As an intern on an organic farm, I used to compost a lot of raw farm material. The farm was certified biodynamic, which meant that as much as possible, we strived to be a closed system—a farm “organism.” Very few inputs came in (coffee and chocolate were the much needed and celebrated exceptions), and no outputs went “out.” We had to take care of our own outputs, if you catch my meaning.
Imagine the farm as an organism. Humans and animals eat plants and grasses, burn energy, and leave behind various forms of waste. Trees take in carbon dioxide, burn sugars, and give off oxygen. Worms eat decaying material, pass it through their marvelous guts, and leave humus as waste. On the farm, weeds, grass clippings, used water, sheep wool, chickens that did not run for cover from the hawk, leftover milk, garbage, manure, and yes, even our own “humanure” were all waste streams that needed to be transformed into usable energy once again. Constant compost!
In order to keep all of these outputs organized for the composting process, we used the 3-bin system. This could be anything divided into three separate sections, often by moveable pieces of lumber such as pallets or boards. Strawbales are also a good material for building the bins. Once strawbales start to decay, you can just add them to the compost.
The bins were at least 3 cubic feet, and needed enough space in the front for a person to use a shovel or front loader to turn the pile form one bin to another. Placing bins in the shade is a good idea, and making sure there is good drainage is also important. If it rains, compost piles tend to leach nutrients. Building the bins right onto the soil is a good solution to this problem, as long as your soil drains well. Covering the pile with straw, a tarp, or leaves also helps to keep the pile from becoming too saturated.
When compost day came, (usually every two weeks or so) all of the manure, kitchen scraps, and brown material I had stored in the first of the three bins was made into a compost pile in the middle. Here’s how I made it:
The first layer was about an inch of chopped sticks and twigs from my pile of “brown” stuff in the first bay. These provided an air pocket on the bottom of the pile for good air circulation. When the pile built heat over the next day or two, convection currents would draw air from the bottom of the pile up through the top. This provided hard working microorganisms with oxygen and kept the pile smelling pretty fresh.
After this first layer, (the crust, if you will) I filled it with a compost cake. First, brown stuff, then greens from the kitchen can or the manure piles. Next, water it if it seemed too dry. Compost piles should have the moisture content of a wrung out sponge. Then brown, green, water and so on, until I had layered all of the stored up piles of “waste” into a fabulous monster of a seven layer compost cake. I would frost the pile with leaves, strawbale flakes, or sometimes a tarp if it was going to rain a lot. This top layer shed moisture and kept off flies. It also looked very neat and tidy.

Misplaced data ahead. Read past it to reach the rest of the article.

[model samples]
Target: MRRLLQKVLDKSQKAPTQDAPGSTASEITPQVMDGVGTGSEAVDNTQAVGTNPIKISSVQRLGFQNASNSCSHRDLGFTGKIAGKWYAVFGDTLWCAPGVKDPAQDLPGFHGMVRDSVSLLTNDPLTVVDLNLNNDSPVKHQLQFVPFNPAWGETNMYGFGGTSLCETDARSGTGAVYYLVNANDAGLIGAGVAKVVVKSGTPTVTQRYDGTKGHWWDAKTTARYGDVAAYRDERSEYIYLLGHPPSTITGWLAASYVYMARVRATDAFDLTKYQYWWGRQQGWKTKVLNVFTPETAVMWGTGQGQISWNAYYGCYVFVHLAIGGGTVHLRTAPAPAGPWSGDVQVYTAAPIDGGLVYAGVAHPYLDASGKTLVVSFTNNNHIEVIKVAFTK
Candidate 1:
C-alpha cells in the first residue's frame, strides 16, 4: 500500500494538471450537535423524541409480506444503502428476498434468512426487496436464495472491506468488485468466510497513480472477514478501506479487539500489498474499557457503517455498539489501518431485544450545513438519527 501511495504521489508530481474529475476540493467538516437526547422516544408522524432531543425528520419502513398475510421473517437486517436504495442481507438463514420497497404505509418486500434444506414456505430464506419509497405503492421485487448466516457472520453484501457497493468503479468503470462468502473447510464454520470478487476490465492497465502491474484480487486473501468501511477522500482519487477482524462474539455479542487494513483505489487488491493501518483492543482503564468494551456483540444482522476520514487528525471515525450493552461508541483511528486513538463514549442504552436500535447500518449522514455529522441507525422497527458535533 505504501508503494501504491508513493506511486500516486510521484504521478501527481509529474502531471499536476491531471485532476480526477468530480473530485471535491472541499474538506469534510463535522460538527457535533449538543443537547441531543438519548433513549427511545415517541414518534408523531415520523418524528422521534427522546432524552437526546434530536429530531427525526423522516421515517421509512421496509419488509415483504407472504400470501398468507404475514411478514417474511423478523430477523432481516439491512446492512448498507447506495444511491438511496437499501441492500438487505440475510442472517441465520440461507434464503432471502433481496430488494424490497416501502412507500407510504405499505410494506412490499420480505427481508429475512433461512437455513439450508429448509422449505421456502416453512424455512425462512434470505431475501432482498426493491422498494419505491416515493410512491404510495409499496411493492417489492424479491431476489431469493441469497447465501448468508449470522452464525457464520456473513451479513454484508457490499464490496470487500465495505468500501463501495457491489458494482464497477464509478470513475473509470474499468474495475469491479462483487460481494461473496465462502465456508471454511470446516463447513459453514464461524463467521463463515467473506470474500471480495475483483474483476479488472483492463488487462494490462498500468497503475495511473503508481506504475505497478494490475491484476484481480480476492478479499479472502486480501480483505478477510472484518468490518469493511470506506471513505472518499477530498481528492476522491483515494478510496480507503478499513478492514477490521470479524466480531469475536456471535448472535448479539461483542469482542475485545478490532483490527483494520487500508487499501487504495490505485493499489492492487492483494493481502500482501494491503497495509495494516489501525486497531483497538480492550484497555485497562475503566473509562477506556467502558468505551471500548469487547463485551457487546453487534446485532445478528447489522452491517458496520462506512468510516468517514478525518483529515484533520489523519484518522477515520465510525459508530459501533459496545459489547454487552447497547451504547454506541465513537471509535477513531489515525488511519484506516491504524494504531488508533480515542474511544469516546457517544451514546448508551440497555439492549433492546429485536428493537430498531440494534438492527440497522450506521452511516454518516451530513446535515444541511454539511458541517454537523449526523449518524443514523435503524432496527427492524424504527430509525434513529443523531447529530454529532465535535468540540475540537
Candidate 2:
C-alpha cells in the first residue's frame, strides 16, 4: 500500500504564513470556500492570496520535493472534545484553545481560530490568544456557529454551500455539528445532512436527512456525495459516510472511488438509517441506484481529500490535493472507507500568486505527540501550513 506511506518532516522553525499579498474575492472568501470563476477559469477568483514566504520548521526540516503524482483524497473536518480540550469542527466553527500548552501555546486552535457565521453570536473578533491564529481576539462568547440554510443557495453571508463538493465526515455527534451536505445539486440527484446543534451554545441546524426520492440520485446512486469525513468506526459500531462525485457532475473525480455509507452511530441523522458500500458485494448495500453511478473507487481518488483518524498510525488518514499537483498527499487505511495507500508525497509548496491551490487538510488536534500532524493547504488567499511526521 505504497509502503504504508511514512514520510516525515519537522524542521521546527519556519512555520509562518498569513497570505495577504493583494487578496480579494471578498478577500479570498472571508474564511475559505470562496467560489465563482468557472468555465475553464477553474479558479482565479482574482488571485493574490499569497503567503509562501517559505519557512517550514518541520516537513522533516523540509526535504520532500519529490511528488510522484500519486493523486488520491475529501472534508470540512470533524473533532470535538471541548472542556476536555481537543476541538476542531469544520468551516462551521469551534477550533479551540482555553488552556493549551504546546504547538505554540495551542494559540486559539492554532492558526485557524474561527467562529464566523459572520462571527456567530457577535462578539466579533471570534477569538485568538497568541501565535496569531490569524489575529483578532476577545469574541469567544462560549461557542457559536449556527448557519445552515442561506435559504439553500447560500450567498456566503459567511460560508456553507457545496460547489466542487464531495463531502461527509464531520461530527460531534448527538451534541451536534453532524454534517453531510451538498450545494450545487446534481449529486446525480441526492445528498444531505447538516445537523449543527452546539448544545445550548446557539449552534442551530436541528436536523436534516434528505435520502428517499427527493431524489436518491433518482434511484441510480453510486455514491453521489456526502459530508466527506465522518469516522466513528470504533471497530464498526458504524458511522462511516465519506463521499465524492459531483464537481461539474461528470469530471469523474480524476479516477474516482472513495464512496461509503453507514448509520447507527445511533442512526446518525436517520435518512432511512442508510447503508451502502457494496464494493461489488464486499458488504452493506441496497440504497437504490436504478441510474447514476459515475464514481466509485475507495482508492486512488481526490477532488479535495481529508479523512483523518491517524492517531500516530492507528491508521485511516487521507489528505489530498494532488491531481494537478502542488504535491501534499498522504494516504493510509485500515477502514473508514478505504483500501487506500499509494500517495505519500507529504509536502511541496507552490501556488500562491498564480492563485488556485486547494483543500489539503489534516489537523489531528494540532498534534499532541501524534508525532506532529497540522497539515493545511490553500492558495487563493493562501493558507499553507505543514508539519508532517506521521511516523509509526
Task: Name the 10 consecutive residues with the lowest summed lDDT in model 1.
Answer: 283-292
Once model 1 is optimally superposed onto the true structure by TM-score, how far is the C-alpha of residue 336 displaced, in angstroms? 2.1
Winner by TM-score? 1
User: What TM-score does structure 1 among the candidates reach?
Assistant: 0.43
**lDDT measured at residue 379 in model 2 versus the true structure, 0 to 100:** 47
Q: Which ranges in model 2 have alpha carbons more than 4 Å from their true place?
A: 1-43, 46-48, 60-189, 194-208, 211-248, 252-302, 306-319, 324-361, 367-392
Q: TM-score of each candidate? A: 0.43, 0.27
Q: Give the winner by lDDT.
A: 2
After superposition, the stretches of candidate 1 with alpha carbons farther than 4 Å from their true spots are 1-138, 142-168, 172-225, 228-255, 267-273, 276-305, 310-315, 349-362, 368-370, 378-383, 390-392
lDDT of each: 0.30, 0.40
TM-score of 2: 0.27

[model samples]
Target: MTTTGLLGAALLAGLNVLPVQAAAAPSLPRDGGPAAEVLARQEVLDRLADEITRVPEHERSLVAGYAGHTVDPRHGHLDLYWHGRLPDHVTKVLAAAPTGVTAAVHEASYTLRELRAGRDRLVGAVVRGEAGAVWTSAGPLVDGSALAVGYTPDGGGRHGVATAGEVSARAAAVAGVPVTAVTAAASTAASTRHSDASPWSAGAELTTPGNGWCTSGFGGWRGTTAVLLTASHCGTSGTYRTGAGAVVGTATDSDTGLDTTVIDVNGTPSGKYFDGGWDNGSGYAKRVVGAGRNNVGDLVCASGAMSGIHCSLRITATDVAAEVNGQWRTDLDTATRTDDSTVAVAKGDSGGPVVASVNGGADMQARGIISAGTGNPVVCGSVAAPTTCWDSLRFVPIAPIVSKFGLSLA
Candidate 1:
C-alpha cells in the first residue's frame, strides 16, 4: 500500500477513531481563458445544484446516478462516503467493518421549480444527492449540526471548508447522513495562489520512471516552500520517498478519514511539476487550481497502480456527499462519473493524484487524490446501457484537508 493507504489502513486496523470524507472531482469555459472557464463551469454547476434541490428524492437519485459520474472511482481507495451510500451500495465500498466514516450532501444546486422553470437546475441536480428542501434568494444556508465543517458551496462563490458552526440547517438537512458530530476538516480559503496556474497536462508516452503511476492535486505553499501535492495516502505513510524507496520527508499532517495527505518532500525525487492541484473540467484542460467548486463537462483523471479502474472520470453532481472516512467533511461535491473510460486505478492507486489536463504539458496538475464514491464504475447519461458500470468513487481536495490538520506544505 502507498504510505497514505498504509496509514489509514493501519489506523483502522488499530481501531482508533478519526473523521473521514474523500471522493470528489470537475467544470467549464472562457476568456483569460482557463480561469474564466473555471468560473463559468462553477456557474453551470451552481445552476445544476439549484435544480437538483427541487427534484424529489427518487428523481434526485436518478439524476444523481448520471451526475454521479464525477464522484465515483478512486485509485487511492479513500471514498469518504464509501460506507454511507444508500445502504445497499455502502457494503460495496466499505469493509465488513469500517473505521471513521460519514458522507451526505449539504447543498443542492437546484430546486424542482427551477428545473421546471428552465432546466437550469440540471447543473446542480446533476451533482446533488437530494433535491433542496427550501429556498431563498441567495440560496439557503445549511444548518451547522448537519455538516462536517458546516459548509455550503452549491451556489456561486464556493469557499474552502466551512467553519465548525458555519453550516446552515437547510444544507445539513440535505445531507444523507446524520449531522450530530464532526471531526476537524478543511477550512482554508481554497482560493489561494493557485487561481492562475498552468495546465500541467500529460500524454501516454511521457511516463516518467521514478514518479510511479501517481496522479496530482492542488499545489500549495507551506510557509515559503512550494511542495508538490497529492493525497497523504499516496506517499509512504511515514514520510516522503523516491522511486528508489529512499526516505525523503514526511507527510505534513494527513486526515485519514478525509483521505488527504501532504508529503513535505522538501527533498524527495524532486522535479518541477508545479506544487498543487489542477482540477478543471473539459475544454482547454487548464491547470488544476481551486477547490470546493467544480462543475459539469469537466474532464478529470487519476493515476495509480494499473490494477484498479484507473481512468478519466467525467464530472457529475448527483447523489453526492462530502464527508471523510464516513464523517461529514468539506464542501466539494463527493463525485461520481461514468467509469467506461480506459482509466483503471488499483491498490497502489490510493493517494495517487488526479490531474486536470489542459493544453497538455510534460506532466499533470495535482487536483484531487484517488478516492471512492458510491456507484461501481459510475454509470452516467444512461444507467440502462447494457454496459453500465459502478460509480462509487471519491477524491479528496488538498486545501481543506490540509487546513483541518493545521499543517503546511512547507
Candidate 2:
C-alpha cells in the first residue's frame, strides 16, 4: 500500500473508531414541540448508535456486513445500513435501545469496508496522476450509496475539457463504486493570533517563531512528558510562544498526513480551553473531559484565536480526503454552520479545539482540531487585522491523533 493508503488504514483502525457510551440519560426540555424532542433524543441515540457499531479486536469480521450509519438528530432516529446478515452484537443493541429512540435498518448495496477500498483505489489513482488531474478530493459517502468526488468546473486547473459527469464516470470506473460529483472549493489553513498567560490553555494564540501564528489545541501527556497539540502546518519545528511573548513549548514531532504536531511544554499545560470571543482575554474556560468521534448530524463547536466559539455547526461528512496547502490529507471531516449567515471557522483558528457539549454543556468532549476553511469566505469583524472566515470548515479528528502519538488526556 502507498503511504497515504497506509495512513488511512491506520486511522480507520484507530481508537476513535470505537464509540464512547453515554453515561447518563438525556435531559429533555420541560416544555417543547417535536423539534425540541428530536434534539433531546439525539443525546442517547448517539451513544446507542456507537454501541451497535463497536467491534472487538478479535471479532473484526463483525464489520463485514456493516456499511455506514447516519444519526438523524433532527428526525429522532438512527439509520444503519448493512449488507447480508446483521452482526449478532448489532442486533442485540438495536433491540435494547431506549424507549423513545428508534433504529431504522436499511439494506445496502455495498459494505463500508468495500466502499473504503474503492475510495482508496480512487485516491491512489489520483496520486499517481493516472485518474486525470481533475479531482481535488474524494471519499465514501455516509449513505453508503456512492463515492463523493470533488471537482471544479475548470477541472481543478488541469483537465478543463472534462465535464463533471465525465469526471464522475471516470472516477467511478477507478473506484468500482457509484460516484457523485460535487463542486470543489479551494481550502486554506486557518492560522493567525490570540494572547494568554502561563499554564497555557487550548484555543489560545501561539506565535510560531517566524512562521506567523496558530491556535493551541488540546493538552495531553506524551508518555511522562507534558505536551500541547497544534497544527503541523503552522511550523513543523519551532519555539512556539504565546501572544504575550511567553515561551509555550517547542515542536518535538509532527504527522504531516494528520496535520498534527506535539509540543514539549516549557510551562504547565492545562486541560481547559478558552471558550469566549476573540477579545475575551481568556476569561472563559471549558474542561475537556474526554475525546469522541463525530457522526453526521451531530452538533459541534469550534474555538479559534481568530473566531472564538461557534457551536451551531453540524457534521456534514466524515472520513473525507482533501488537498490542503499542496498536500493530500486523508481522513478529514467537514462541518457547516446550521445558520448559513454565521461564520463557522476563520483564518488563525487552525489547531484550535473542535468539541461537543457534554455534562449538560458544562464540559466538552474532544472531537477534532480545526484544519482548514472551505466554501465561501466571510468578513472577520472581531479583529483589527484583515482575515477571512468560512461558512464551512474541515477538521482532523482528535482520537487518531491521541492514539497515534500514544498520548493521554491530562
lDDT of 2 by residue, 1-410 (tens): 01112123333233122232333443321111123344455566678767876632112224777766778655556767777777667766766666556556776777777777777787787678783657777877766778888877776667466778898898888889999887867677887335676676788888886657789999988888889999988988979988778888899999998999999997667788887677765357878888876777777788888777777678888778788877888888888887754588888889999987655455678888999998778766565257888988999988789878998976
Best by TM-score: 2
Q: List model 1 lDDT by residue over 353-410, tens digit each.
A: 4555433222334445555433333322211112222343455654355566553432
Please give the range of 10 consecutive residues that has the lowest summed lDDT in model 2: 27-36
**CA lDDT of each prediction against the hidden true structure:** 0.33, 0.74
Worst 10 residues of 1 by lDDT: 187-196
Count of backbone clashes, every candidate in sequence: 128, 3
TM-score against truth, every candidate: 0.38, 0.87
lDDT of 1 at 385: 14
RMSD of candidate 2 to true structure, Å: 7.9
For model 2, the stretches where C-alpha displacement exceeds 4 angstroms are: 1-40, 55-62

Then I let the pile sit for a couple of weeks to bake. The temperature of the pile peaked the first week at around 150 F, then it slowly declined. At the end of the second week, I peeled off the outer layer, prepared a bottom layer of twigs and sticks in the 3rd bin, and turned the pile into it. To make sure that material that may have been left on the outside of the first pile had time in the middle, I shoveled vertical “slices” of the compost cake, from right to left, into horizontal layers from bottom to top. Farmers with front loaders have their own methods for making sure all the material gets a chance to be in the hot seat. This was my from scratch, by hand method.
By the time I turned the pile from the 2nd to the 3rd bin, the first bin was already filling up with more brown stuff, the cows and chickens were piling up more manure, we had eaten and left behind plenty of kitchen scraps to use again, and the middle bay was waiting to be filled. Waste streams do not take vacations.
The 3rd bay got two more weeks to be worked on by bacteria, fungus, and other microorganisms in the pile. It fermented while the new compost cake in the second bay cooked. When it smelled done, earthy and mushroomy and energizing, I moved it into the garden beds or under some trees until we are ready to use it. During the winter, the bays can store browns and greens until the earth warms up and compost organisms are in abundance and active again.
This 3 bin system works beautifully if you have a front loader to turn the compost–or if you want to skip your gym membership and do lots of shoveling instead. It works well for those who have a lot of material they need compost fairly quickly on a regular basis (community gardens) and have time to make, turn, and use several piles a year—or for those who have a very willing and enthusiastic intern.
Stay tuned for more ways to compost as the winter turns a celestial corner to spring.